Tiedown Sense Part 2




Tiedown Sense

Part 2  

Stake-driven tiedowns such as depicted above will almost invariably pull out when the ground becomes soaked from torrential rains which accompany hurricanes and some thunderstorms. Tiedown ropes capable of resisting a pull of approximately 3,000 pounds should he used. Manila ropes should be inspected periodically for mildew and rot. Nylon or dacron tiedown ropes are preferred over manila ropes. The objection to manila rope is that it shrinks when wet, is subject to mildew and rot, and has considerably less tensile strength than either nylon or dacron. Securing aircraft.

Tie only at the tiedown rings provided for that purpose. Never tie to a strut itself. The practice of tying to lift struts has in itself caused frequent damage. Ropes slip to a point when even slight pressure may bend the struts. Allow for about 1 inch of movement, and remember that manila rope shrinks when it gets wet . Too much slack will allow the aircraft to jerk against the ropes. Avoid tightening the ropes too much. Tight tiedown ropes actually put inverted flight stresses on the aircraft, and many of them are not designed to take such loads. A tiedown rope holds no better than the knot. Anti-slip knots such as a bowline or a square knot are quickly tied, and easy to untie.


All flight controls should be locked or tied to prevent their banging against the stops. sane aircraft are equipped with integral gust locks operable from the cock- pit. On others, it may be necessary to use external padded battens (control surface locks) or secure the control wheel and rudder pedals in- side the cockpit. When using external surface locks, it is advisable that red streamers, weights, or a line to the tiedown anchor be fastened to the locks.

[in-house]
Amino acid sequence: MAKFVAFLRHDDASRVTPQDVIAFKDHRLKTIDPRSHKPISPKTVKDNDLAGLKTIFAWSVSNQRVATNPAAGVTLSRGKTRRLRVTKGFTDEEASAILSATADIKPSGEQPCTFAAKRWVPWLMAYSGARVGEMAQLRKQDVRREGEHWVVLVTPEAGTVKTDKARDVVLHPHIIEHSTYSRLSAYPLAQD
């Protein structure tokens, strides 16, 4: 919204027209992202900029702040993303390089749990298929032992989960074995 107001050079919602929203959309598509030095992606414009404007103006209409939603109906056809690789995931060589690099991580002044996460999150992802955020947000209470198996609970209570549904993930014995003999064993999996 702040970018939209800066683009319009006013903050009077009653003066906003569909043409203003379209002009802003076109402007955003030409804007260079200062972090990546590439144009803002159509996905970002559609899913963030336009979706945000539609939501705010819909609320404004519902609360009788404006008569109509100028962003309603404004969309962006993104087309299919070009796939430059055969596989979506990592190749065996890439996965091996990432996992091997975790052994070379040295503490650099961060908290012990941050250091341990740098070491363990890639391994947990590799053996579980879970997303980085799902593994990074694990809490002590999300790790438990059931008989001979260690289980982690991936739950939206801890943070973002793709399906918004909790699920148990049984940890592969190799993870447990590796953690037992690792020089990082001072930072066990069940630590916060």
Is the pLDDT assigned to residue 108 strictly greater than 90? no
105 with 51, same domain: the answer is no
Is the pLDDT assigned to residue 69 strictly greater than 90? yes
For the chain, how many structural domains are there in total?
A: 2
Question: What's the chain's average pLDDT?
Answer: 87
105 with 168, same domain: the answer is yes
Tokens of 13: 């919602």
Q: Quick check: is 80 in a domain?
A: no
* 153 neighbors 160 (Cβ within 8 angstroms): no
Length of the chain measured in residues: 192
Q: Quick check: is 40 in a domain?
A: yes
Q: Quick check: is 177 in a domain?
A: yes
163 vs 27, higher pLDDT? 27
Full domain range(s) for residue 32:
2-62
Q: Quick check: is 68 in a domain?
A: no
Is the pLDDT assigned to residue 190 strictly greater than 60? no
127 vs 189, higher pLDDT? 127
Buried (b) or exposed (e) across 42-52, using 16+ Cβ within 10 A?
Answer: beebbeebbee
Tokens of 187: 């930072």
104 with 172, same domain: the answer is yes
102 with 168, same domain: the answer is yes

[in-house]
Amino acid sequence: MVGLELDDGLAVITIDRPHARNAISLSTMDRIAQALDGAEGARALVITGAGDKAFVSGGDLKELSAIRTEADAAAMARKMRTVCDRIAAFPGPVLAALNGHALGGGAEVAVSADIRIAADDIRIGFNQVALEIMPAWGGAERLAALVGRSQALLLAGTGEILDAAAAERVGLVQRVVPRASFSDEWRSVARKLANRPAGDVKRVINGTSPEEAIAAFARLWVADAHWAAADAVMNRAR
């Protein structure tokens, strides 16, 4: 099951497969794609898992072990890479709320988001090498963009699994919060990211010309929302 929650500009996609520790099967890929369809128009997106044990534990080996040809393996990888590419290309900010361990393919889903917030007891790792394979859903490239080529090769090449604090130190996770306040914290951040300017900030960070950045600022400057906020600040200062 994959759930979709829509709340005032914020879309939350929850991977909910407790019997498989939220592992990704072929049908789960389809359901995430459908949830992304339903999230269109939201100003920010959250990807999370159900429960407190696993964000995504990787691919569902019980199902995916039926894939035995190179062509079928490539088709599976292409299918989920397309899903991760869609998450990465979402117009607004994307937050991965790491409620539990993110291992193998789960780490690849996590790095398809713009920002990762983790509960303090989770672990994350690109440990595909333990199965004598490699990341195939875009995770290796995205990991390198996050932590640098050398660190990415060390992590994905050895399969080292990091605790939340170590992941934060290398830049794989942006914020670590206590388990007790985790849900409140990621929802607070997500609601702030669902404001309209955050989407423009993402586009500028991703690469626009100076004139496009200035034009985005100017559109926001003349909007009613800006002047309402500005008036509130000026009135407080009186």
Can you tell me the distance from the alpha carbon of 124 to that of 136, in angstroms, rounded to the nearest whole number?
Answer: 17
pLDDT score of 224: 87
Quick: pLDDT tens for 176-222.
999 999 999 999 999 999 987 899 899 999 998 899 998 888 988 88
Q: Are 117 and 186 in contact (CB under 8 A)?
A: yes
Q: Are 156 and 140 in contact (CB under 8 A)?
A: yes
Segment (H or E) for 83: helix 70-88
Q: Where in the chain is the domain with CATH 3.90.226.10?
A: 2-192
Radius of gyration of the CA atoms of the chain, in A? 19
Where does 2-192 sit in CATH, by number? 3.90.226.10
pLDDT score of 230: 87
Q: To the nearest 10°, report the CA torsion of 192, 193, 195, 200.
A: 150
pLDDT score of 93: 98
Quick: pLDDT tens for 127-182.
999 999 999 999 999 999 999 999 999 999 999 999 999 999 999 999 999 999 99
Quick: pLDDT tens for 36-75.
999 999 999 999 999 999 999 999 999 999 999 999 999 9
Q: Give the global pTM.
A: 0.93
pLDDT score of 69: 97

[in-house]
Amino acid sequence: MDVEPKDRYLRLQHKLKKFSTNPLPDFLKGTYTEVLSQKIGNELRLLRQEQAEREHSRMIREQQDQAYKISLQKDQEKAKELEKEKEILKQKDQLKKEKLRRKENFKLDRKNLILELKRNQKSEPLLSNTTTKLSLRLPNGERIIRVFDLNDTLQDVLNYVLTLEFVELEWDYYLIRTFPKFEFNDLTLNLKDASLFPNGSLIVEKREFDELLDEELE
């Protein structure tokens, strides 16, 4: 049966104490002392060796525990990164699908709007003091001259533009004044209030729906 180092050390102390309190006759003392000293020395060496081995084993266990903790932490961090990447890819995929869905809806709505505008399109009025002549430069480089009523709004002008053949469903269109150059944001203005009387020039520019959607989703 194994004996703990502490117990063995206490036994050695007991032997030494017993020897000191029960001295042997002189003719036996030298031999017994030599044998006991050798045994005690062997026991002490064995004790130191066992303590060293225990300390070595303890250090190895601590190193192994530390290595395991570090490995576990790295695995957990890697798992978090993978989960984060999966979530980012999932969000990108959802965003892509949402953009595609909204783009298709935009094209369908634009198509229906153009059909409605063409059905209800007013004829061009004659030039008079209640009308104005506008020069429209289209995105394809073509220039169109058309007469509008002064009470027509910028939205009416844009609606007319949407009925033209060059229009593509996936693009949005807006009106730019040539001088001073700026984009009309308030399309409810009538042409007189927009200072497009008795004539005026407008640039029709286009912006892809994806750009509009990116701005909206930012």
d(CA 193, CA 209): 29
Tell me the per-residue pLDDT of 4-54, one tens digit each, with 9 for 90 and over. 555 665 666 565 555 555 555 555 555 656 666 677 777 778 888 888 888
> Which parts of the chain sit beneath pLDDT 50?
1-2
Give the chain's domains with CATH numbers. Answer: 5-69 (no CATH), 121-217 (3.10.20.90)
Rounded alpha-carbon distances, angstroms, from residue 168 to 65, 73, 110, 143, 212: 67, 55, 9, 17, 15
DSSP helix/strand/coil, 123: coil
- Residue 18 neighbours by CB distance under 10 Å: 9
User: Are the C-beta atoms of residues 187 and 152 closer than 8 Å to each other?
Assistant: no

This will provide a means of alerting airport service employees and pilots to remember to remove the external locks prior to takeoff . Secure ailerons and rudders in neutral. Tailwheel type aircraft headed into the wind should have their elevators secured in the "up" position by securing the control column or "stick". Tailwheel type aircraft "tailed" into the wind should have their elevators secured in the "down" position by securing the control column or "stick". Set and lock wheel brakes.

Chocks should be placed and secured fore and aft each wheel. Wooden chocks may be secured by nailing a cleat from chock to chock on each side of each wheel. Ropes may be substituted if wood cleats are unavailable. A brick or piece of 2 x 4 are poor excuses for good chocks. On tricycle gear aircraft, secure a tiedown line through the nose-gear tiedown ring. In addition, secure the middle of a length of rope to the tiedown ring in the tail section. Pull. each end of the rope away at a 45° angle and secure to ground anchors at each side of the tail. Elevators should be secured parallel to the ground (neutral position). It is good practice to also secure the flaps, especially if the aircraft is tailed into the wind.
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